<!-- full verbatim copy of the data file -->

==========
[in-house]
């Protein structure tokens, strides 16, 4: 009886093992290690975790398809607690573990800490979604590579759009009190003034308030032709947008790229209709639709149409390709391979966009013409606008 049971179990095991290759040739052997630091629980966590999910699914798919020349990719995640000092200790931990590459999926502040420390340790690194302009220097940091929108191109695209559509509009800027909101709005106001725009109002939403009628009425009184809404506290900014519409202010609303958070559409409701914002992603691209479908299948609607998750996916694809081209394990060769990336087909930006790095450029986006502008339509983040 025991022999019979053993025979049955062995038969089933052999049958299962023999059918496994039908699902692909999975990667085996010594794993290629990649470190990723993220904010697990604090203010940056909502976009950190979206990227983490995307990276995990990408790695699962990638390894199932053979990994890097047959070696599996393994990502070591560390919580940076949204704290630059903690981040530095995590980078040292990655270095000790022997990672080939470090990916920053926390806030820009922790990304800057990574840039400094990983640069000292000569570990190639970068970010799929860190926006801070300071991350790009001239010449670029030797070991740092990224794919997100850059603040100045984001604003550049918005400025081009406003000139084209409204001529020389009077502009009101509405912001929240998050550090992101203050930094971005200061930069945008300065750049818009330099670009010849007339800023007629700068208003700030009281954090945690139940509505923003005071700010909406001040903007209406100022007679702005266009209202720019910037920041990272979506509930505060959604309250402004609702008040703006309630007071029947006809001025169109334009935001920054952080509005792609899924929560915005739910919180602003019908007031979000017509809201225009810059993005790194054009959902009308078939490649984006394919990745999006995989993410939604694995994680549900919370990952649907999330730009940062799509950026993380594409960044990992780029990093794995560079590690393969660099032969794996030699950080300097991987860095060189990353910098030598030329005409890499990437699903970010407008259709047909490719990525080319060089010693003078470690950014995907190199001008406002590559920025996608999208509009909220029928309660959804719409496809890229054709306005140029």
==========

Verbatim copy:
[in-house]
């Protein structure tokens, strides 16, 4: 009886093992290690975790398809607690573990800490979604590579759009009190003034308030032709947008790229209709639709149409390709391979966009013409606008 049971179990095991290759040739052997630091629980966590999910699914798919020349990719995640000092200790931990590459999926502040420390340790690194302009220097940091929108191109695209559509509009800027909101709005106001725009109002939403009628009425009184809404506290900014519409202010609303958070559409409701914002992603691209479908299948609607998750996916694809081209394990060769990336087909930006790095450029986006502008339509983040 025991022999019979053993025979049955062995038969089933052999049958299962023999059918496994039908699902692909999975990667085996010594794993290629990649470190990723993220904010697990604090203010940056909502976009950190979206990227983490995307990276995990990408790695699962990638390894199932053979990994890097047959070696599996393994990502070591560390919580940076949204704290630059903690981040530095995590980078040292990655270095000790022997990672080939470090990916920053926390806030820009922790990304800057990574840039400094990983640069000292000569570990190639970068970010799929860190926006801070300071991350790009001239010449670029030797070991740092990224794919997100850059603040100045984001604003550049918005400025081009406003000139084209409204001529020389009077502009009101509405912001929240998050550090992101203050930094971005200061930069945008300065750049818009330099670009010849007339800023007629700068208003700030009281954090945690139940509505923003005071700010909406001040903007209406100022007679702005266009209202720019910037920041990272979506509930505060959604309250402004609702008040703006309630007071029947006809001025169109334009935001920054952080509005792609899924929560915005739910919180602003019908007031979000017509809201225009810059993005790194054009959902009308078939490649984006394919990745999006995989993410939604694995994680549900919370990952649907999330730009940062799509950026993380594409960044990992780029990093794995560079590690393969660099032969794996030699950080300097991987860095060189990353910098030598030329005409890499990437699903970010407008259709047909490719990525080319060089010693003078470690950014995907190199001008406002590559920025996608999208509009909220029928309660959804719409496809890229054709306005140029």